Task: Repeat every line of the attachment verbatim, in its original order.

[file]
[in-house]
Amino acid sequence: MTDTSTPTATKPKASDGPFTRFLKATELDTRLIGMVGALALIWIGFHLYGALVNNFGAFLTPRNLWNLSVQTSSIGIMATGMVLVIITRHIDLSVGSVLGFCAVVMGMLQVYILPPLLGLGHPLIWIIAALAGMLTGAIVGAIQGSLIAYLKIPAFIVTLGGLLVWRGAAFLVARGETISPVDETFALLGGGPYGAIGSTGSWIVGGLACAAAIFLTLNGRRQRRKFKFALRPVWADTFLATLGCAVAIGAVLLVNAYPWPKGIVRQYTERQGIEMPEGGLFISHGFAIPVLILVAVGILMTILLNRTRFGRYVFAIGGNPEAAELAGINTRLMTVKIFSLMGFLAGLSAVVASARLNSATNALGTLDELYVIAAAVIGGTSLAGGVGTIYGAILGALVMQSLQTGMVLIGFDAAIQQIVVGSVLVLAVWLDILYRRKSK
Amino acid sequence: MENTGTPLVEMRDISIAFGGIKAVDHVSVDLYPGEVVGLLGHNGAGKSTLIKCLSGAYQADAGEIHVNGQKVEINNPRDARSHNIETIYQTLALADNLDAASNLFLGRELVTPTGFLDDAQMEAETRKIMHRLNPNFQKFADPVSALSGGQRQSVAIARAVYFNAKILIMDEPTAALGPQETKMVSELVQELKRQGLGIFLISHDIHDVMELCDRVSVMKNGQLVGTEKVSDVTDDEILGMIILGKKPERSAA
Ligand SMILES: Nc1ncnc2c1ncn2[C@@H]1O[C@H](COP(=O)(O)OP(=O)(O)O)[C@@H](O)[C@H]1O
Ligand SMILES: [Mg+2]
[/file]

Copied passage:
[in-house]
Amino acid sequence: MTDTSTPTATKPKASDGPFTRFLKATELDTRLIGMVGALALIWIGFHLYGALVNNFGAFLTPRNLWNLSVQTSSIGIMATGMVLVIITRHIDLSVGSVLGFCAVVMGMLQVYILPPLLGLGHPLIWIIAALAGMLTGAIVGAIQGSLIAYLKIPAFIVTLGGLLVWRGAAFLVARGETISPVDETFALLGGGPYGAIGSTGSWIVGGLACAAAIFLTLNGRRQRRKFKFALRPVWADTFLATLGCAVAIGAVLLVNAYPWPKGIVRQYTERQGIEMPEGGLFISHGFAIPVLILVAVGILMTILLNRTRFGRYVFAIGGNPEAAELAGINTRLMTVKIFSLMGFLAGLSAVVASARLNSATNALGTLDELYVIAAAVIGGTSLAGGVGTIYGAILGALVMQSLQTGMVLIGFDAAIQQIVVGSVLVLAVWLDILYRRKSK
Amino acid sequence: MENTGTPLVEMRDISIAFGGIKAVDHVSVDLYPGEVVGLLGHNGAGKSTLIKCLSGAYQADAGEIHVNGQKVEINNPRDARSHNIETIYQTLALADNLDAASNLFLGRELVTPTGFLDDAQMEAETRKIMHRLNPNFQKFADPVSALSGGQRQSVAIARAVYFNAKILIMDEPTAALGPQETKMVSELVQELKRQGLGIFLISHDIHDVMELCDRVSVMKNGQLVGTEKVSDVTDDEILGMIILGKKPERSAA
Ligand SMILES: Nc1ncnc2c1ncn2[C@@H]1O[C@H](COP(=O)(O)OP(=O)(O)O)[C@@H](O)[C@H]1O
Ligand SMILES: [Mg+2]